An Investigation of Effectiveness of Information Technology Training Approaches Incorporating Observational, Enactive, Collaborative Learning on Older Adults' Technology Acceptance


Student thesis: Doctoral Thesis

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Awarding Institution
Award date11 Jul 2017



This thesis presents an empirical study of older adults’ technology acceptance after different technology training interventions in Hong Kong.
Currently, many older adults are missing out the benefits that they could get from the use of information technology. Bridging this digital divide is essential to help older adults to live more independently. Training is expected to be an underlying technique that will help older adults to adopt information technology. The importance of training interventions for the enhancement of technology acceptance among older adults has not received much attention.
This study sets out specifically to investigate the effectiveness of different training interventions (i.e., observational learning, enactive learning, and collaborative learning) in enhancing older adults’ technology acceptance, and examine the effects of various training outcomes on technology acceptance at post-training stage.
Through the lens of social cognitive theory, three empirical training experiments were conducted based on the methodology of observational learning, enactive learning, and collaborative learning. Before developing training experiments, a literature meta-analysis and a pilot qualitative study through focus groups was developed, which benefited technology training experiments design in this research. Effectiveness of the three training interventions were evaluated through measuring training outcomes including older adults’ cognitive knowledge acquisition, affective responses, and meta-cognitions. In addition, moderating effects of human elements including models, instructors, and partners on training effectiveness were investigated. After training, a technology acceptance model of older adults at the post-training stage was constructed and the moderating effects of different training conditions including human presence and co-action effect were investigated. The whole research was carried out in Hong Kong with the support of local elderly centres. In total, 163 eligible older adults participated and completed this research (134 novice older trainees completed the entire research); training outcomes of their responses and performance were used in data analysis (content analysis, multivariate analysis of variances, multiple regression, and structural equation modeling).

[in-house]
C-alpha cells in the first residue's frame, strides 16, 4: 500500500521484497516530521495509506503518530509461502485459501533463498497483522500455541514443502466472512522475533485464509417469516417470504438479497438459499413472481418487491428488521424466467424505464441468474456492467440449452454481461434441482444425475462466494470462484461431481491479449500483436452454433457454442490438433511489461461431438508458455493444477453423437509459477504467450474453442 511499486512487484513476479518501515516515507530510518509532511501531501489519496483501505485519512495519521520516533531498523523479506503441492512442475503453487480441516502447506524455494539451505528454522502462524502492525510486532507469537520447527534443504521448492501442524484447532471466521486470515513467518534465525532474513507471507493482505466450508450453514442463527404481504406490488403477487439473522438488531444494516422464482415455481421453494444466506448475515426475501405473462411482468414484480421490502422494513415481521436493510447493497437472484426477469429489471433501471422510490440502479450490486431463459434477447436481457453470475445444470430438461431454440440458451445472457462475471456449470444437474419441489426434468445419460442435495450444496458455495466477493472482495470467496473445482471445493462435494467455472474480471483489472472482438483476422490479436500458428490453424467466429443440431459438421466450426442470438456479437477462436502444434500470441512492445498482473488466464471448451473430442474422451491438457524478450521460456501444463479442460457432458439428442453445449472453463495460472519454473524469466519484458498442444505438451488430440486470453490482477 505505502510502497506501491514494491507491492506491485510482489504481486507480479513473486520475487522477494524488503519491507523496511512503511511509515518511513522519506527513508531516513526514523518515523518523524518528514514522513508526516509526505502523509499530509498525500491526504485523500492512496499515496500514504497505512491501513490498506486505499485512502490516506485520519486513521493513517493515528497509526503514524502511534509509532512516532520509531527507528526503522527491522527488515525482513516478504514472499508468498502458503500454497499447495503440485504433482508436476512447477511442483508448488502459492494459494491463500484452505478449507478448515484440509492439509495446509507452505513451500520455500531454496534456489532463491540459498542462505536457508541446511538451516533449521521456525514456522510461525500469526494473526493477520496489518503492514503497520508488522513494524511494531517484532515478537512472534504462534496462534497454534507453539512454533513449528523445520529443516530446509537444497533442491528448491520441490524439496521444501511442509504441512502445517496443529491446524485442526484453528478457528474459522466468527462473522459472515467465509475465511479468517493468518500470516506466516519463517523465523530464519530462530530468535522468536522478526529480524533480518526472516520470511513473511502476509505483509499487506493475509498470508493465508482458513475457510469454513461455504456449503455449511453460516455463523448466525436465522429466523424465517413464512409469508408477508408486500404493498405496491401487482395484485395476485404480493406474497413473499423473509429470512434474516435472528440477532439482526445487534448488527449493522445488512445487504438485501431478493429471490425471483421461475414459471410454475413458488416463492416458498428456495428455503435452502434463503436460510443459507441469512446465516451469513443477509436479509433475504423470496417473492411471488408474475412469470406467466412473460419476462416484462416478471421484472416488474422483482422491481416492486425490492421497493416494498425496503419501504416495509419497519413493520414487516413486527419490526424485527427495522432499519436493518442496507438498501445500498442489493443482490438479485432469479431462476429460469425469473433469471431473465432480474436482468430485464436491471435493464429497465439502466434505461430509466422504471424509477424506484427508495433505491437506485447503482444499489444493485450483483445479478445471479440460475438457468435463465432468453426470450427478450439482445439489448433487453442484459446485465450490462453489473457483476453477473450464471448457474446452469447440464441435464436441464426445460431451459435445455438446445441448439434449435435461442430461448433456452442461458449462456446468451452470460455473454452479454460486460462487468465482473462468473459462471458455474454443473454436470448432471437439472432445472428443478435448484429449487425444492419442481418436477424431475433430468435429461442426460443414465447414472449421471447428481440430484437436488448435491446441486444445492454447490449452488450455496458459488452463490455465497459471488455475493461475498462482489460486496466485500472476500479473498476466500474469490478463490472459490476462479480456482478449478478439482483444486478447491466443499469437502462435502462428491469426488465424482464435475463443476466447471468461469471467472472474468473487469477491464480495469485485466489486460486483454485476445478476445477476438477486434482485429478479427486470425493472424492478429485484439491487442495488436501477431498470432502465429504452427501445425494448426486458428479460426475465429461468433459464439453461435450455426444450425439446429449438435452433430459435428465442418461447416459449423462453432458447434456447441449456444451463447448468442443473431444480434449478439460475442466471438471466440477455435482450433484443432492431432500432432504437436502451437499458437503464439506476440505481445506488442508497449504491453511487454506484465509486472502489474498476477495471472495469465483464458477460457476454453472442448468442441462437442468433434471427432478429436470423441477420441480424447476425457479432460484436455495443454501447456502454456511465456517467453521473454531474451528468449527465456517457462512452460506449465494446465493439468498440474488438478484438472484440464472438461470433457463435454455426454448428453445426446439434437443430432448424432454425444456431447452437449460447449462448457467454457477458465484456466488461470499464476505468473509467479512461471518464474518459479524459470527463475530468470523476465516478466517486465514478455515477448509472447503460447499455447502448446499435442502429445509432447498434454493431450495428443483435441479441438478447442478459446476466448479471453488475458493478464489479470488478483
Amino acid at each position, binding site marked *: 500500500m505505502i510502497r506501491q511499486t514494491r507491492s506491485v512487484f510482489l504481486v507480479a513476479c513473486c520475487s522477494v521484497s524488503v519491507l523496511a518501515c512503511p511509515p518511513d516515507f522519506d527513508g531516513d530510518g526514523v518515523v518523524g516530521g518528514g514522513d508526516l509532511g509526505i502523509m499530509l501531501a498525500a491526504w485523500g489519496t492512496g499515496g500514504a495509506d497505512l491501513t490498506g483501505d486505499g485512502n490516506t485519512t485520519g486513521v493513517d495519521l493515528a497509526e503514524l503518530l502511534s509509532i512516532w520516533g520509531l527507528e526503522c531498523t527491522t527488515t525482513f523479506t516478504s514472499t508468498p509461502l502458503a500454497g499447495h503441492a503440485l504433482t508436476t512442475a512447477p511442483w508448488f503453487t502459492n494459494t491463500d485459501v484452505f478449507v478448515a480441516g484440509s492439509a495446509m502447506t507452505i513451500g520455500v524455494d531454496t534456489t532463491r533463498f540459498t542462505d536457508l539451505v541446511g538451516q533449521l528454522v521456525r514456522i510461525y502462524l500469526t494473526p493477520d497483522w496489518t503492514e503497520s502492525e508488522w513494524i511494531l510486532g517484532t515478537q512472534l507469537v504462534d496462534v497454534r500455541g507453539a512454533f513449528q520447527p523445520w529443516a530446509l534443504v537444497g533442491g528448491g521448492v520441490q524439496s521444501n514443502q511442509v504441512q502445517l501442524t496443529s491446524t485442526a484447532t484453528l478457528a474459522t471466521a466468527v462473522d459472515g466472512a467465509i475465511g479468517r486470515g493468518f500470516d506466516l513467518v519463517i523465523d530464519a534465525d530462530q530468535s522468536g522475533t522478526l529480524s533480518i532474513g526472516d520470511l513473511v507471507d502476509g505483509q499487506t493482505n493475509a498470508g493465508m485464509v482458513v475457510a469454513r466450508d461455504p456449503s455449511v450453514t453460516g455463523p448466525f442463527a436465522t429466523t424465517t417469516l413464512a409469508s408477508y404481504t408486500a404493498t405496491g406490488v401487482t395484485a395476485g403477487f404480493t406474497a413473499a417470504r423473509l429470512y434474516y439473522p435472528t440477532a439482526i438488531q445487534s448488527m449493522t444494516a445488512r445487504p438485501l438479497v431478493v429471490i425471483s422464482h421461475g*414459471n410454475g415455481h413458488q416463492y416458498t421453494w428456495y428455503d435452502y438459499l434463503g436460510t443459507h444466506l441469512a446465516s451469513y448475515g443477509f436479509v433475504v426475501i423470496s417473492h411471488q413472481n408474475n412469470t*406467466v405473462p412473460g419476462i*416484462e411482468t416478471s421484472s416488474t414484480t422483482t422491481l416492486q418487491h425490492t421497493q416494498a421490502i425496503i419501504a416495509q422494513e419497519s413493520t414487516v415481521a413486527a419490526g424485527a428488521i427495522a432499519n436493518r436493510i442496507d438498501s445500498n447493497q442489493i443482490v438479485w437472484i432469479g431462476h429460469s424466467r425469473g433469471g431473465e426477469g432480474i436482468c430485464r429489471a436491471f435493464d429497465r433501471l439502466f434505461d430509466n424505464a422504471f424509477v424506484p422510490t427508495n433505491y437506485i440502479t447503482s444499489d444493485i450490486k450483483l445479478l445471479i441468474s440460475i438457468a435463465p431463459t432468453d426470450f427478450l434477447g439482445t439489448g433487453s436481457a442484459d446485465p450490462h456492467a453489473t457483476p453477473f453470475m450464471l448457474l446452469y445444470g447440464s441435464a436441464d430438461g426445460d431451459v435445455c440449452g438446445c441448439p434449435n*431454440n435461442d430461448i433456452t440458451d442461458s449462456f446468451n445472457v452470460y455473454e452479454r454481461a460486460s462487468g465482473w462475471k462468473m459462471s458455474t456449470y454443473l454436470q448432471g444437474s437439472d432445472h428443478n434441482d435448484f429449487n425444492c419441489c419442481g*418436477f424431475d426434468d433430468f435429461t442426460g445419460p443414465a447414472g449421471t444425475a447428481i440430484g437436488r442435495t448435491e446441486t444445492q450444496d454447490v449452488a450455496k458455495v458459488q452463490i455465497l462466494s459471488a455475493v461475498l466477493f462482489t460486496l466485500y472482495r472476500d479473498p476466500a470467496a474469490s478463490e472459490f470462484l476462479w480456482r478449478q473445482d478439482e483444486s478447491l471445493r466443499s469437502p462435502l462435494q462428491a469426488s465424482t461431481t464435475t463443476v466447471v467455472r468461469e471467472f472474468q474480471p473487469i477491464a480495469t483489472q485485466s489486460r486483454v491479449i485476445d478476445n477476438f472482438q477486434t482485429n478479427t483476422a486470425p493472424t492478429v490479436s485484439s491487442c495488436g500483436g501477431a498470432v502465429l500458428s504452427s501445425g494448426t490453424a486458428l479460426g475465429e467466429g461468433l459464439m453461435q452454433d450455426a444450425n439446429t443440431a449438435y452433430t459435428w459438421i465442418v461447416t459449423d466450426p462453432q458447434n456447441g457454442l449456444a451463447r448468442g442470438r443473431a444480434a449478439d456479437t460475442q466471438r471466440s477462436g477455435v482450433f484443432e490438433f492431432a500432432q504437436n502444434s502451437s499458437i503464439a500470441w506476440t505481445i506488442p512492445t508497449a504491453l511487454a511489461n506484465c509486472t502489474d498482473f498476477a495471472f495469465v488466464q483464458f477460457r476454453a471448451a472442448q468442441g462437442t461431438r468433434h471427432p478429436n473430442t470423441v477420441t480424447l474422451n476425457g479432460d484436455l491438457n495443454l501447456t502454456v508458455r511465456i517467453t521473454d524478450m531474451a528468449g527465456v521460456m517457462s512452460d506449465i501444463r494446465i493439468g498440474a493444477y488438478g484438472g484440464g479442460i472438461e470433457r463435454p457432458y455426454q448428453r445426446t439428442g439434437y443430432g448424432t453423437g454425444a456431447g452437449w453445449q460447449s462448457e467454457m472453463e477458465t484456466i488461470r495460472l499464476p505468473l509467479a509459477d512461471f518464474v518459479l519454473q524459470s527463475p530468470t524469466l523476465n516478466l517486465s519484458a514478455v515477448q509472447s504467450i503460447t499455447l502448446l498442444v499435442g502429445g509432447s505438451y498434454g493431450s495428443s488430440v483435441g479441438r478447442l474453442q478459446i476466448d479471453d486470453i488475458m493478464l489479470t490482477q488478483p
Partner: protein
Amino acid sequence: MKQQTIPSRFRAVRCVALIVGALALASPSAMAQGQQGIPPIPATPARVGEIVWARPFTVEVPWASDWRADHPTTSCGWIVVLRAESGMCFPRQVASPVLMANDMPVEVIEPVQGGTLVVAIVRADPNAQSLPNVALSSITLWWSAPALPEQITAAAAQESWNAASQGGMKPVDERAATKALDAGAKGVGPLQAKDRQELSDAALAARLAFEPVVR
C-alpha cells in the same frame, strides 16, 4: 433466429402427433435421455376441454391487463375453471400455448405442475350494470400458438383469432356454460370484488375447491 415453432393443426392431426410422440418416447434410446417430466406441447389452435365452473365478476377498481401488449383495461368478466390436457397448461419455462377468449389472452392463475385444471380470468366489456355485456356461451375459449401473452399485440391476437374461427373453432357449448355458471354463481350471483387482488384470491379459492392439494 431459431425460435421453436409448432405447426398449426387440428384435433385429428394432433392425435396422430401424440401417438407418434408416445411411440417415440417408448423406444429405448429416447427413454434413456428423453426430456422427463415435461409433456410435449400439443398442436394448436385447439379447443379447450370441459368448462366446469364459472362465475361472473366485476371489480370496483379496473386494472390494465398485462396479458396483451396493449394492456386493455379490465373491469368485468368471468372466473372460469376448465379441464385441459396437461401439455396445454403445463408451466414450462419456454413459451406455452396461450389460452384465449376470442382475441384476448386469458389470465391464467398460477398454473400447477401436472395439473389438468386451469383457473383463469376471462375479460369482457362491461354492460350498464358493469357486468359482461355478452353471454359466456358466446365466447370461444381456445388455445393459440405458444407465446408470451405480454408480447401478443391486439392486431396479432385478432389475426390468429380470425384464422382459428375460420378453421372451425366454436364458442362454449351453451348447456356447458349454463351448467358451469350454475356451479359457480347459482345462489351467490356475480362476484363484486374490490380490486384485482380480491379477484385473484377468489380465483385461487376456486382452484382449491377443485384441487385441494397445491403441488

The qualitative results indicated older adults’ preferences of training program design. The experiments results affirmed the effectiveness of observational learning, enactive learning, and collaborative learning in improving older adults’ technology acceptance, however, to varying degrees. When learning through watching video, the identity-consistency of behavior model from generational perspective could enhance greater training effectiveness. When learning with live instructors, peer instructor contributed to better training outcomes of older adults. And the results revealed the superiority of live human presence in enactive learning experiment compared with the video modeling in the observational learning experiment. When learning in pairs, the expertise of novice older trainees’ learning partner affected their training performance. In addition, the superiority of co-action in collaborative experiment was identified comparing with other two training approaches. The final structural model shed light upon the mechanism of older adults’ technology acceptance at post training stage., and provided initial insights on the dynamics of technology acceptance of older adults.
Findings of the present research contribute to the design of training interventions for older adults to enhance their positive cognitions towards technology acceptance. The identified variables influencing older adults’ technology acceptance prior to and after training provide technology developers with recommendations on product and interface design and iterations, marketing communication, user experience engineering, and end-user training.